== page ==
Those of you who know me outside the blogosphere know that my luck, relatively speaking, has been fantastic since I was diagnosed with DCIS on April 14, 2011.  I mean winning tangible goods–things!  Good things!  Things I would not buy myself!  But there has been a downside to acquiring all these prizes.  Without fail, my winning has coincided or forecast my receiving bad medical news.

It started the day I was diagnosed.  Feeling very sorry for myself, I went to a community raffle event for women.  I knew I would run in to some girlfriends, and was hoping someone would pick my heart up off the floor of my newly minted Cancerific condo.  Needing $20 to buy six tickets, I walked dejectedly to the ATM.  There, sitting in the cash dispenser, was a crisp, new $20.  I couldn’t believe my luck!  Then I realized it was a test, and brought it to the front desk at the JCC.

The woman looked at me like I was crazy.  “What is this now?”

“Someone left it in the ATM.  I know they’ll be back.  If not, here’s my number.”  (so far no calls)

“Um…OK…” (probably thinking…’Who the Hell gives back $20 that she just finds?’ And that would be me.  At least on that day, at that time.)

I walked in to the auditorium and bought six tickets for $20.  The way the raffle worked was you put your ticket in the basket in front of the item you hoped to win.  I viewed the nearly 25 different items up for the bidding, chose my favorites and waited.

I didn’t have to wait long–soon, every other name called was mine!  It became a joke!  I’ve met people since who only know me as the crazy lady who won every prize at the Ladies Raffle. When the laughter was done and all the tickets called, I won five out of six tickets worth of prizes, everything from a lovely turquoise and diamond heart sterling silver necklace and earrings, to fine art photographs, museum tickets, and more!  What mazal I had on that day that I learned I wasn’t invincible.  I was a winner when I was diagnosed with Breast Cancer, and had five prizes to prove it!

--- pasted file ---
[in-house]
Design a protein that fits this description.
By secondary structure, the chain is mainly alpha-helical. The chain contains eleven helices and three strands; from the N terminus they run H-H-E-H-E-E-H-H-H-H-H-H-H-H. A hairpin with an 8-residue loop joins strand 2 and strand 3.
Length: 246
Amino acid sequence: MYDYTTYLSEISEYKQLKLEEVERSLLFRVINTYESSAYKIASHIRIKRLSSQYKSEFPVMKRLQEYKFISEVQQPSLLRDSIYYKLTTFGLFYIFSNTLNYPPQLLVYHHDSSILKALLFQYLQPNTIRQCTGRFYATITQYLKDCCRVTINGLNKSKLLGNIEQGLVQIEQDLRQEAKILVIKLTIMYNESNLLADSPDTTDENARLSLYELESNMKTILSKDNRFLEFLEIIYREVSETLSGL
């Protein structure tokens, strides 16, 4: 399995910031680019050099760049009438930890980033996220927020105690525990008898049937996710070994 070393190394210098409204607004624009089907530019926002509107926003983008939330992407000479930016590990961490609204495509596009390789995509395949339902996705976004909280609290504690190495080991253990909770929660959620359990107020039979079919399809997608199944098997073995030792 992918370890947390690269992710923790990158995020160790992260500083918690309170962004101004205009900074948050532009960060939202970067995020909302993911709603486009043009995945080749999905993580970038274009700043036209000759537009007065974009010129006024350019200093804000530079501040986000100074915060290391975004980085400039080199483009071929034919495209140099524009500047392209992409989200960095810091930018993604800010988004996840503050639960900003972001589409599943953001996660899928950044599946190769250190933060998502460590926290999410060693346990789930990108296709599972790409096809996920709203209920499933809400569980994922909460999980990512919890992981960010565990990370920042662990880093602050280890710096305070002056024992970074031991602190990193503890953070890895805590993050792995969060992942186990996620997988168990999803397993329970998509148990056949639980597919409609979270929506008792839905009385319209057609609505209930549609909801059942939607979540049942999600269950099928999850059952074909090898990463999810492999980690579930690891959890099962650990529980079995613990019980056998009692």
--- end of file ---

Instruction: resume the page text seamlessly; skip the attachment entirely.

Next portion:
It was at that same event that I found my friend M.  I commented on the beautiful glass heart on a silver chain she wore.  She told me her mom gave it to her on her last chemo treatment for breast cancer.  She then shared she had bilateral mastectomy and reconstruction.  I almost passed out from gratitude to Hashem.  I asked Him for help and He sent it THAT DAY! Here she was, right in front of me!

He answered my prayers in a very real way that day, from the $20 to the prizes, to M, who has been a constant source of inspiration ever since.  The Breast Cancer, too, I suppose, was a gift from Him, although I’d give back all the prizes to have my real tatas back, Uncancerific, please.

I’d like to say that’s where the story ends, but that was only the beginning.  Later that week, I won a $50 gift card from a raffle at work.  Then a golf shirt.  Later that summer, Quaker Oats sent me an mp3 player!  Who wins one of those contests you enter from a box top?  Oh, that’s right, ME!

The drawback to these winnings has been severe.  Every time I’ve one something, later in the week I’ve gotten bad medical news about being Cancerific, or with something related to being Cancerific, like the $500 Jay Strongwater picture frame with autographed card I won at another community event.  The next day I was told I had a lesion on my L2 vertebrae that looked malignant.  Woof.  Take the frame back, please!  After much debate, it was decided I would not have a bone biopsy, instead, I’d wait three months to see if the Cancerific cells grow.  Awesome!

A month ago I won a gift certificate to my favorite clothing store.  Don’t remember even entering that one, but it landed me in the hospital with a UTI.  The month before I won free admission to Darien Lake, a Six-Flags amusement park and went to the hospital with chest pains (turned out to be strained muscles, I’m thinking from the implants).  So imagine how excited I was earlier this week when I won ANOTHER gift certificate to my favorite clothing store AND a free gift certificate to one of my favorite online boutique sites.  Thursday I got the results of my imaging.  It has been three months since I won the picture frame.  Since my prizes were not THAT huge, I figured the information would be bad, but perhaps not fatal.  Unfortunately, I still don’t know the answer.